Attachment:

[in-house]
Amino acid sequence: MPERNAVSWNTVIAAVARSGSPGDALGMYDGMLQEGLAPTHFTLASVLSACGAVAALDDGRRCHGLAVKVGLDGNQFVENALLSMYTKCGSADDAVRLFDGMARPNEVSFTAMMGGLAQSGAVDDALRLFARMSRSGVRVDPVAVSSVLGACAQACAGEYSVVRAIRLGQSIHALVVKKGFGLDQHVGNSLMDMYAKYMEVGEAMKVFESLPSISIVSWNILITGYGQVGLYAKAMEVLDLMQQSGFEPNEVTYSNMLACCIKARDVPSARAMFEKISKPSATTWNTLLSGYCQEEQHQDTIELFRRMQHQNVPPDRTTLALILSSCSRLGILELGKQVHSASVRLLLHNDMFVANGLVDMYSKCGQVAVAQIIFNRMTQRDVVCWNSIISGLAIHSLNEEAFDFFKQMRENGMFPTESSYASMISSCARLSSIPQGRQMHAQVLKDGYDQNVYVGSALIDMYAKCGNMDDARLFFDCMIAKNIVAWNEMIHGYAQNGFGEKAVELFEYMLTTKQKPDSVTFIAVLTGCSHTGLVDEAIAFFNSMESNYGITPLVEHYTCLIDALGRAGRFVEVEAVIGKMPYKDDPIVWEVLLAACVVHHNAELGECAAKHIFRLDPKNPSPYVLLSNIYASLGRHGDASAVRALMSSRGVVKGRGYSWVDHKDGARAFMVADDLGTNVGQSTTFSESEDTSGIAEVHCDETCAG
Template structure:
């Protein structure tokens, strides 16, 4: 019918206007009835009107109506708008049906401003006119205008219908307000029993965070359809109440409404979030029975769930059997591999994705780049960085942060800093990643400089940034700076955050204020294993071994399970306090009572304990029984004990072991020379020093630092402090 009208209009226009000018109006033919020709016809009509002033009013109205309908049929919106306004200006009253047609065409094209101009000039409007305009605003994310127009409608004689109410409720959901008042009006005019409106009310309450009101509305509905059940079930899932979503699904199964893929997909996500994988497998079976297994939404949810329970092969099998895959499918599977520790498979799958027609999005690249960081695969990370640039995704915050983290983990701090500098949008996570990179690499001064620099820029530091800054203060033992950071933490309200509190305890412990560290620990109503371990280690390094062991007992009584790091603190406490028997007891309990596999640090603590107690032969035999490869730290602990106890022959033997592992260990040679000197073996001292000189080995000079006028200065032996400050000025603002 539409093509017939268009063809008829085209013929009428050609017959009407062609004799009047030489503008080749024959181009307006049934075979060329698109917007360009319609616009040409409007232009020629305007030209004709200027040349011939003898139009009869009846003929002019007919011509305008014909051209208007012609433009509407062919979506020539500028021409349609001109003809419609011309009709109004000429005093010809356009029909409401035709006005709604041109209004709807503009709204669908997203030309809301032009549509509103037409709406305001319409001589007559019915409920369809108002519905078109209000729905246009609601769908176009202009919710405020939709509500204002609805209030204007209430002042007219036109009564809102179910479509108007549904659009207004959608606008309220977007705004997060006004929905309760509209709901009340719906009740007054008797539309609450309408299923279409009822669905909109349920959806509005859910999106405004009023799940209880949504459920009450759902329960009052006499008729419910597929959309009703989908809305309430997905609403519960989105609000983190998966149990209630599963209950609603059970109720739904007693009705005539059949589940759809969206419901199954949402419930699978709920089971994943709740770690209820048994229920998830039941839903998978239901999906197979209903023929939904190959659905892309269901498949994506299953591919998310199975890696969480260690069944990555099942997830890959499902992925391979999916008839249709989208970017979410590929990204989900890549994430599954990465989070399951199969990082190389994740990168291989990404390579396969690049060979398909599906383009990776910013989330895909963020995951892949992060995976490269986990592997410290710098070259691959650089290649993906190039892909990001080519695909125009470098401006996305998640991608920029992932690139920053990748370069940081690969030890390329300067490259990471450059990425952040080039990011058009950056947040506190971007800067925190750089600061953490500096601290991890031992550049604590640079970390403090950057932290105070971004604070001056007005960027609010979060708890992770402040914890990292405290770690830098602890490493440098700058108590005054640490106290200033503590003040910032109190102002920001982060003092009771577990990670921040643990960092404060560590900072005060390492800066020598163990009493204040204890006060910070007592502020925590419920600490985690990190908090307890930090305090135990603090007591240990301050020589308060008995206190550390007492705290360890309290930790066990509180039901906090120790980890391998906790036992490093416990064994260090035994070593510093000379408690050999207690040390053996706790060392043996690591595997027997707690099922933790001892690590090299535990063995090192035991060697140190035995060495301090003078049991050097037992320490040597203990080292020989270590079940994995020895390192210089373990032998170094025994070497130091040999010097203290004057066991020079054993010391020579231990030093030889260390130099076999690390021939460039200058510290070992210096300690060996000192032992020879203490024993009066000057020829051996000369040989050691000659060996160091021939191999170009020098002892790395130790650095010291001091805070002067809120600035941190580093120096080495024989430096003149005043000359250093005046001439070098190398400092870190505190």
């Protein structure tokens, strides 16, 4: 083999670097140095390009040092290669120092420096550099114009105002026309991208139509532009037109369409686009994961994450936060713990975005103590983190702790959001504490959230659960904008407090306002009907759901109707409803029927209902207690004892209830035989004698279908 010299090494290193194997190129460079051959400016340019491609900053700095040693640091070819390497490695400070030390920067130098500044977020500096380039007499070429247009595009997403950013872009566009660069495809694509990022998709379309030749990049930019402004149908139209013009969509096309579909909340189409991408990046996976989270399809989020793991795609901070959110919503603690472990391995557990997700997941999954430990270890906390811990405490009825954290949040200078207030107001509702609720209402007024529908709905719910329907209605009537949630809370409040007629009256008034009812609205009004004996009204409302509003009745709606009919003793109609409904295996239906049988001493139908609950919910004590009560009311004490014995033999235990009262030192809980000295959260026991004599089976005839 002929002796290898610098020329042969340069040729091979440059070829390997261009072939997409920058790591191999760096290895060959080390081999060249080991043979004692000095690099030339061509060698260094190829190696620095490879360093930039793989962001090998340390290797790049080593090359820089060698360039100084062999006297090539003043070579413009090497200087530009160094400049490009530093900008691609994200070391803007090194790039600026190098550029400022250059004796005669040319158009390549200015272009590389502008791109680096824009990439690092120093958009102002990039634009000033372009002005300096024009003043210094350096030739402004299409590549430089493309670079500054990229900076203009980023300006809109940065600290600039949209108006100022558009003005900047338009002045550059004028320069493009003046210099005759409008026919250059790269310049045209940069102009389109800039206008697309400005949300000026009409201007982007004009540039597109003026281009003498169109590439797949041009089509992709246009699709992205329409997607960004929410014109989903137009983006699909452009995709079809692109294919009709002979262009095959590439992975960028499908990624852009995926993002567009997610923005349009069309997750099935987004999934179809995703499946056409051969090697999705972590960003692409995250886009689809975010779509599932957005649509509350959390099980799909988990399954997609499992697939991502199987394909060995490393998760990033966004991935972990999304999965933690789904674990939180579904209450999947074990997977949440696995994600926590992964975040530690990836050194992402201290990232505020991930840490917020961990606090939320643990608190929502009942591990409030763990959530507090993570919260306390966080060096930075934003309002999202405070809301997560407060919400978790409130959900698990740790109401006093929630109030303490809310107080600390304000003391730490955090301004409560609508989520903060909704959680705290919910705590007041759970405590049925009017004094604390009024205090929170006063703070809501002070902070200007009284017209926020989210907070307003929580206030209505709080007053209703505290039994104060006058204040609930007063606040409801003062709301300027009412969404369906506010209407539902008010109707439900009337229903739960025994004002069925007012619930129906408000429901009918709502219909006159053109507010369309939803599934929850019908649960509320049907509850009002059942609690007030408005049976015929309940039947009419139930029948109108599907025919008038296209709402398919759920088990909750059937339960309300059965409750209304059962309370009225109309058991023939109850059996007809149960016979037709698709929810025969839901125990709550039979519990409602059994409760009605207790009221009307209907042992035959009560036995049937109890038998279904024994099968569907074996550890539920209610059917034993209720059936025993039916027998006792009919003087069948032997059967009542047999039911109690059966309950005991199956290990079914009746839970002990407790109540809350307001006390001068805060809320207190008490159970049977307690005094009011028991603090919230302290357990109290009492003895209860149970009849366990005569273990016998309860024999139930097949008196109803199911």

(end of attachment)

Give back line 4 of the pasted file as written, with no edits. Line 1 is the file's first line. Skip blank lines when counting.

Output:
């Protein structure tokens, strides 16, 4: 019918206007009835009107109506708008049906401003006119205008219908307000029993965070359809109440409404979030029975769930059997591999994705780049960085942060800093990643400089940034700076955050204020294993071994399970306090009572304990029984004990072991020379020093630092402090 009208209009226009000018109006033919020709016809009509002033009013109205309908049929919106306004200006009253047609065409094209101009000039409007305009605003994310127009409608004689109410409720959901008042009006005019409106009310309450009101509305509905059940079930899932979503699904199964893929997909996500994988497998079976297994939404949810329970092969099998895959499918599977520790498979799958027609999005690249960081695969990370640039995704915050983290983990701090500098949008996570990179690499001064620099820029530091800054203060033992950071933490309200509190305890412990560290620990109503371990280690390094062991007992009584790091603190406490028997007891309990596999640090603590107690032969035999490869730290602990106890022959033997592992260990040679000197073996001292000189080995000079006028200065032996400050000025603002 539409093509017939268009063809008829085209013929009428050609017959009407062609004799009047030489503008080749024959181009307006049934075979060329698109917007360009319609616009040409409007232009020629305007030209004709200027040349011939003898139009009869009846003929002019007919011509305008014909051209208007012609433009509407062919979506020539500028021409349609001109003809419609011309009709109004000429005093010809356009029909409401035709006005709604041109209004709807503009709204669908997203030309809301032009549509509103037409709406305001319409001589007559019915409920369809108002519905078109209000729905246009609601769908176009202009919710405020939709509500204002609805209030204007209430002042007219036109009564809102179910479509108007549904659009207004959608606008309220977007705004997060006004929905309760509209709901009340719906009740007054008797539309609450309408299923279409009822669905909109349920959806509005859910999106405004009023799940209880949504459920009450759902329960009052006499008729419910597929959309009703989908809305309430997905609403519960989105609000983190998966149990209630599963209950609603059970109720739904007693009705005539059949589940759809969206419901199954949402419930699978709920089971994943709740770690209820048994229920998830039941839903998978239901999906197979209903023929939904190959659905892309269901498949994506299953591919998310199975890696969480260690069944990555099942997830890959499902992925391979999916008839249709989208970017979410590929990204989900890549994430599954990465989070399951199969990082190389994740990168291989990404390579396969690049060979398909599906383009990776910013989330895909963020995951892949992060995976490269986990592997410290710098070259691959650089290649993906190039892909990001080519695909125009470098401006996305998640991608920029992932690139920053990748370069940081690969030890390329300067490259990471450059990425952040080039990011058009950056947040506190971007800067925190750089600061953490500096601290991890031992550049604590640079970390403090950057932290105070971004604070001056007005960027609010979060708890992770402040914890990292405290770690830098602890490493440098700058108590005054640490106290200033503590003040910032109190102002920001982060003092009771577990990670921040643990960092404060560590900072005060390492800066020598163990009493204040204890006060910070007592502020925590419920600490985690990190908090307890930090305090135990603090007591240990301050020589308060008995206190550390007492705290360890309290930790066990509180039901906090120790980890391998906790036992490093416990064994260090035994070593510093000379408690050999207690040390053996706790060392043996690591595997027997707690099922933790001892690590090299535990063995090192035991060697140190035995060495301090003078049991050097037992320490040597203990080292020989270590079940994995020895390192210089373990032998170094025994070497130091040999010097203290004057066991020079054993010391020579231990030093030889260390130099076999690390021939460039200058510290070992210096300690060996000192032992020879203490024993009066000057020829051996000369040989050691000659060996160091021939191999170009020098002892790395130790650095010291001091805070002067809120600035941190580093120096080495024989430096003149005043000359250093005046001439070098190398400092870190505190």